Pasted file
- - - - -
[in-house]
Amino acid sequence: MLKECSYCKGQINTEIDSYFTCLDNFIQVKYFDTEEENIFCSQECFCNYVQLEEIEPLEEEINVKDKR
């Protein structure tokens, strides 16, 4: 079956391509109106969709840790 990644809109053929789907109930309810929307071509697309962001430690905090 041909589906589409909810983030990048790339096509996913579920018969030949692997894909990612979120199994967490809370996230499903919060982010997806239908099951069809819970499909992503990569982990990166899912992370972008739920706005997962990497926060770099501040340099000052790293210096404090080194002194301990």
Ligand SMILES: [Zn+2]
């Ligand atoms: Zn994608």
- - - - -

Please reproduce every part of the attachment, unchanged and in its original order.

[in-house]
Amino acid sequence: MLKECSYCKGQINTEIDSYFTCLDNFIQVKYFDTEEENIFCSQECFCNYVQLEEIEPLEEEINVKDKR
């Protein structure tokens, strides 16, 4: 079956391509109106969709840790 990644809109053929789907109930309810929307071509697309962001430690905090 041909589906589409909810983030990048790339096509996913579920018969030949692997894909990612979120199994967490809370996230499903919060982010997806239908099951069809819970499909992503990569982990990166899912992370972008739920706005997962990497926060770099501040340099000052790293210096404090080194002194301990």
Ligand SMILES: [Zn+2]
């Ligand atoms: Zn994608």